Answered 06/17/10 14:25:37 by Miami Heat Beat Reporter

A: I really wish I had the answers. But I don't. I have educated and slightly-informed opinions. But Pat Riley is better than just about anyone in the league at keeping things close to the vest, despite being in on just about every available player. My guess is that Miami will end up with either Bosh or Stoudemire, make a strong play for Gay, look for a veteran pg in a trade, use at least two of its four draft picks to fill out roster spots and convince a proven league vet or two to come on board for a shot to contend in the East and unseat Boston and a weakened Orlando/Cleveland/Atlanta for a shot at the Finals.

Q: Just read somewhere that not only is Amare here but Rudy Gay is here with him working out this summer. Can you envision the Heat signing Amare and sign-and-trading Beasley/Cook for Gay? I think Gay, Wade, and Amare would be a great core if the Heat cannot land LBJ/Bosh.

Answered 06/17/10 14:22:56 by Miami Heat Beat Reporter

A: That certainly would be the most explosive 2, 3, 4 trio in the league in my opinion. But I'm not sure the Grizzlies will allow Gay to walk this summer. If Gay doesn't want to be there, which I'm told he doesn't and wants out, he might have to take the one-year qualifying offer and then wait for unrestricted free agency next year - or a trade at the Feb. deadline.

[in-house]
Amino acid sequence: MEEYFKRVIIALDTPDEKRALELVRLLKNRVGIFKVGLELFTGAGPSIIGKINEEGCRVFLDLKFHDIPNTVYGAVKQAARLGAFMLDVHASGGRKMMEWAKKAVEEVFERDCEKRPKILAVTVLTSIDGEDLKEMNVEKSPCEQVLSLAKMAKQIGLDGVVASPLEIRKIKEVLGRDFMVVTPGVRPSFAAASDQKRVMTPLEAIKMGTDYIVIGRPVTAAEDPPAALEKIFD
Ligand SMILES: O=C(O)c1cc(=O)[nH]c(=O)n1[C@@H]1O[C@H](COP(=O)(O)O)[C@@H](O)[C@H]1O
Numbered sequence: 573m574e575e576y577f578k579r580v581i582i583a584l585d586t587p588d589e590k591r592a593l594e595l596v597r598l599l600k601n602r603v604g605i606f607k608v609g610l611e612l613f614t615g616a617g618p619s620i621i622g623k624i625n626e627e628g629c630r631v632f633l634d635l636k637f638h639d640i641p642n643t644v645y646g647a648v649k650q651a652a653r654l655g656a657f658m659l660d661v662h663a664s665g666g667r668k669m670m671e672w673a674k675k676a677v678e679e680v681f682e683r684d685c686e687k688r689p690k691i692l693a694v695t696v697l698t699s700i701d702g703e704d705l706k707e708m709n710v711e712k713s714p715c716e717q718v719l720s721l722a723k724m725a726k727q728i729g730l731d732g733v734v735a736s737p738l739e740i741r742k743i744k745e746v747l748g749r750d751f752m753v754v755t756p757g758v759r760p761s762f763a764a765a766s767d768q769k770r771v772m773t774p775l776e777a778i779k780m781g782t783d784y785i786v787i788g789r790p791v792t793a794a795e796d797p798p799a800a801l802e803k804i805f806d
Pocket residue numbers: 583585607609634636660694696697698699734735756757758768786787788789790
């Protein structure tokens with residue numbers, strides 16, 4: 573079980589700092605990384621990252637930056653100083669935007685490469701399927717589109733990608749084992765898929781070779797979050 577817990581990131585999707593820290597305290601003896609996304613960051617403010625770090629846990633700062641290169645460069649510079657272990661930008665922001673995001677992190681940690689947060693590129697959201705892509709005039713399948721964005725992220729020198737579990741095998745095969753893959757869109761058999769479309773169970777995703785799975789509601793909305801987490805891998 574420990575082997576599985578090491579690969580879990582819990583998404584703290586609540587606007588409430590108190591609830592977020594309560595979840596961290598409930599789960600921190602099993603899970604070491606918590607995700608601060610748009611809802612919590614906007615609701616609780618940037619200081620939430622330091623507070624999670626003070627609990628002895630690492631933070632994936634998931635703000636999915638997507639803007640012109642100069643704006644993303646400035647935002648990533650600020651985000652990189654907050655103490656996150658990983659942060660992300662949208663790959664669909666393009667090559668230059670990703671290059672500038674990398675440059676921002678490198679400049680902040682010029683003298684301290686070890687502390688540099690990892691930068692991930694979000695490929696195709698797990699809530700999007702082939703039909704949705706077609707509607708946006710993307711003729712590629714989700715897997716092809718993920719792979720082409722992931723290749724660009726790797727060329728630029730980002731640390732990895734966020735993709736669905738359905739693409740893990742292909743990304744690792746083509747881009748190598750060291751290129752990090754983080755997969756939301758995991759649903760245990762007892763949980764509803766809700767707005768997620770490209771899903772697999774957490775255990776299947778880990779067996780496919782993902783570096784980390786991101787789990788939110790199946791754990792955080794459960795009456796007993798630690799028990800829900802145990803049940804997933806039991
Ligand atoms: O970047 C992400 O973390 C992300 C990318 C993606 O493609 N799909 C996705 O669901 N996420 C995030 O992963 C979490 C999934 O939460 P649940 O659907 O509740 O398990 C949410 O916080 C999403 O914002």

Q: Good day mate! At least Amare was honest that he is NOT signing any contract that is not a maximum deal. 1st question is do you think he deserves one? Because I don't think so, I'd rather have Boozer if Amare's asking for a max. 2nd question is do you believe what these max-contract deserving FA's (LbJ, Bosh, etc.) whenever they say that winning is the most important thing and getting that max isn't that important to them? Do you really believe they would sign anything under the max?

Answered 06/17/10 14:20:30 by Miami Heat Beat Reporter

A: I don't think any of the top five free agents (LeBron, Wade, Bosh, Stoudemire, Dirk) is signing for anything less than the max. I think there are only about 7 max slots available throughout the league at this point. Boozer, Johnson, Gay - those guys might have to settle for less than the max, even though there might be money out there.

Q: It seems as if Bosh to Miami is gaining some steam since he and D-Wade had dinner together. At the end of free agency, do you think Wade convinces Bosh and Johnson to join the Heat? If they do, would be a be top 2 team in the east?